‘Baby brain’ impacts road safety in pregnancy

Could so called ‘baby brain’ increase your risk of a car crash when pregnant? Unfortunately yes, according to the findings of a new study published in the Canadian Medical Association Journal.

Researchers studied more than 5000 000 women who gave birth during a 5-year period from 2006 to 2011. They found that the women were 42% more likely to be involved in a serious car crash during pregnancy compared to before pregnancy.  The risk was greatest in the second trimester and was similar regardless of age, pregnancy complications, socioeconomic status and whether or not they had other children.  However the risk was only higher when they were the driver and not if they were involved in an accident as a passenger or pedestrian.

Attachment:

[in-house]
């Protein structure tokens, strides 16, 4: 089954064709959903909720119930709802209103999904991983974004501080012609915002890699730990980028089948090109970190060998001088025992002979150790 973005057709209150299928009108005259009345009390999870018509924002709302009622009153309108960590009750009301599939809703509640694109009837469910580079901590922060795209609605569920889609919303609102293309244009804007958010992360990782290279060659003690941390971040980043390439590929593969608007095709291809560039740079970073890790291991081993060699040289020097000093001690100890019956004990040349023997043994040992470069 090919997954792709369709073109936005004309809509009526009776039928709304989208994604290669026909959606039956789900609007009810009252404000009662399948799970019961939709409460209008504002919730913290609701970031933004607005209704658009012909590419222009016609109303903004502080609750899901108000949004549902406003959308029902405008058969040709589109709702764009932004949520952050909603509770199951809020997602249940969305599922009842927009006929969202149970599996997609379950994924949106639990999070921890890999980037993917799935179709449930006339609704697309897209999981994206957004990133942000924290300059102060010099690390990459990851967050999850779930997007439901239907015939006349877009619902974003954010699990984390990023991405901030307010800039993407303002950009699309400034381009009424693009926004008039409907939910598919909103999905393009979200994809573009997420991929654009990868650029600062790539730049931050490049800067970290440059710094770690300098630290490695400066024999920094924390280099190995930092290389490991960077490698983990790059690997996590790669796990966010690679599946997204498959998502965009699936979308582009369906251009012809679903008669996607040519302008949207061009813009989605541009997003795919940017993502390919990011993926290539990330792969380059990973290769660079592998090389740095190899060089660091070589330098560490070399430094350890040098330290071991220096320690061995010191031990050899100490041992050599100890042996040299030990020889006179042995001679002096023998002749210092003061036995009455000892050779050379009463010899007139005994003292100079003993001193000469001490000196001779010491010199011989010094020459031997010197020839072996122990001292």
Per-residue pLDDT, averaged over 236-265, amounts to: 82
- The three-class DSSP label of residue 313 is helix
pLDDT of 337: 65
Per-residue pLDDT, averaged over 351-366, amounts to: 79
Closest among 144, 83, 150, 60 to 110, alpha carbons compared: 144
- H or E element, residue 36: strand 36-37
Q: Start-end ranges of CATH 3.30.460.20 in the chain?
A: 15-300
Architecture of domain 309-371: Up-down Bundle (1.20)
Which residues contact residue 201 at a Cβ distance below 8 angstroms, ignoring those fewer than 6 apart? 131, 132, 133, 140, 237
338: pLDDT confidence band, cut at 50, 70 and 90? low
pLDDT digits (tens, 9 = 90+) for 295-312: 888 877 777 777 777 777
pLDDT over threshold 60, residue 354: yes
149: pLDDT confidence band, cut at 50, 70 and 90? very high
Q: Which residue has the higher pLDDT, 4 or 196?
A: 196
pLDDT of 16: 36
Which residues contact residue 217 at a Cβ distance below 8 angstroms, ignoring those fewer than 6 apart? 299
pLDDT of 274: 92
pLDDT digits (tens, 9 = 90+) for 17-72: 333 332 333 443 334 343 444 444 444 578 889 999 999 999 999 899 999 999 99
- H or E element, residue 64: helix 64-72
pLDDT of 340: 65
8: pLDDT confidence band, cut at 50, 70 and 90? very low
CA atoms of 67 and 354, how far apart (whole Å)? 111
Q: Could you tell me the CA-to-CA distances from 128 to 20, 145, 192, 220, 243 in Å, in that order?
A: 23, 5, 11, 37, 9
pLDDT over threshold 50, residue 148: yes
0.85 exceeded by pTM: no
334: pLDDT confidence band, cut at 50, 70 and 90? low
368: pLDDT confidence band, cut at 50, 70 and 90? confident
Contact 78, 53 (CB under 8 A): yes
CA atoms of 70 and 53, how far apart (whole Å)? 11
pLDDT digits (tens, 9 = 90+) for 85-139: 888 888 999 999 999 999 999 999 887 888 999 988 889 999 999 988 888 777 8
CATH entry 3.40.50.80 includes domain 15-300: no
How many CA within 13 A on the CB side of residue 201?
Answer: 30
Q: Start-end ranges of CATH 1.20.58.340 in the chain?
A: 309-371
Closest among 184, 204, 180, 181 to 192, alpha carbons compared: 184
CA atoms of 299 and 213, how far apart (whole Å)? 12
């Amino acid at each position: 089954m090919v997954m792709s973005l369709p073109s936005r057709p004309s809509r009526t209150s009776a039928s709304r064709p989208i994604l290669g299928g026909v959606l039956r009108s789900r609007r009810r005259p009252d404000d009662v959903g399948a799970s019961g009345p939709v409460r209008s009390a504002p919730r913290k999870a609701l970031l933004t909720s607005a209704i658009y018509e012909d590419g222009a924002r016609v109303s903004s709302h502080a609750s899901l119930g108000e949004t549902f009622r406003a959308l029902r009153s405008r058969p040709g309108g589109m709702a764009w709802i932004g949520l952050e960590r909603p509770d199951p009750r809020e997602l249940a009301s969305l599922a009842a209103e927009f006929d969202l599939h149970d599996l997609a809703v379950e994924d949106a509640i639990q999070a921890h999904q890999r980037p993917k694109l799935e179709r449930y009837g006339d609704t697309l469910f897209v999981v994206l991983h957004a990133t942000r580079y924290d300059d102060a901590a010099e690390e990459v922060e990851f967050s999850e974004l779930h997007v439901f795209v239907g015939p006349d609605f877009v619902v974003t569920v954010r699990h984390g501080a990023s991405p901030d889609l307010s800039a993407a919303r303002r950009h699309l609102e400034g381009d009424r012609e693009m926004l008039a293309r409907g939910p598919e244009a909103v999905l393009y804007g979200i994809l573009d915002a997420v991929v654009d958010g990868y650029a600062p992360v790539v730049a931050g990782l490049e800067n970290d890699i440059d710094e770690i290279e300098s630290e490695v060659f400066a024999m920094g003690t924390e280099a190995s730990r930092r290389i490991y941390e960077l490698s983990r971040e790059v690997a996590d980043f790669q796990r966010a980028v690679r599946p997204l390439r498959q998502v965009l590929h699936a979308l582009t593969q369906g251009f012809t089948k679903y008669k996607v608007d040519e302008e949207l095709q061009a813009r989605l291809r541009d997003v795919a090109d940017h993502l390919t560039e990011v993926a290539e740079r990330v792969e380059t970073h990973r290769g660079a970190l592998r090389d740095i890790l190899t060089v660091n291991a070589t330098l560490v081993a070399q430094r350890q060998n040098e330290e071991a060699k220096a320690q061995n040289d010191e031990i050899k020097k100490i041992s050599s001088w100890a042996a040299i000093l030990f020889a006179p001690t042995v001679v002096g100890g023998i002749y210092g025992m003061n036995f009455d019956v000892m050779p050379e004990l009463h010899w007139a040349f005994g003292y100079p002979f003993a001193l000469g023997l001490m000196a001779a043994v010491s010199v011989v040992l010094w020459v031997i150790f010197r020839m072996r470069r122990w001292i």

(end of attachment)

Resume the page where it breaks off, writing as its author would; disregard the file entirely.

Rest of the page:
The authors point out a number of factors which could play a part including fatigue, nausea and sleep deprivation which are common during pregnancy.  They recommend that reminders about road safety should be part of normal prenatal check-ups.

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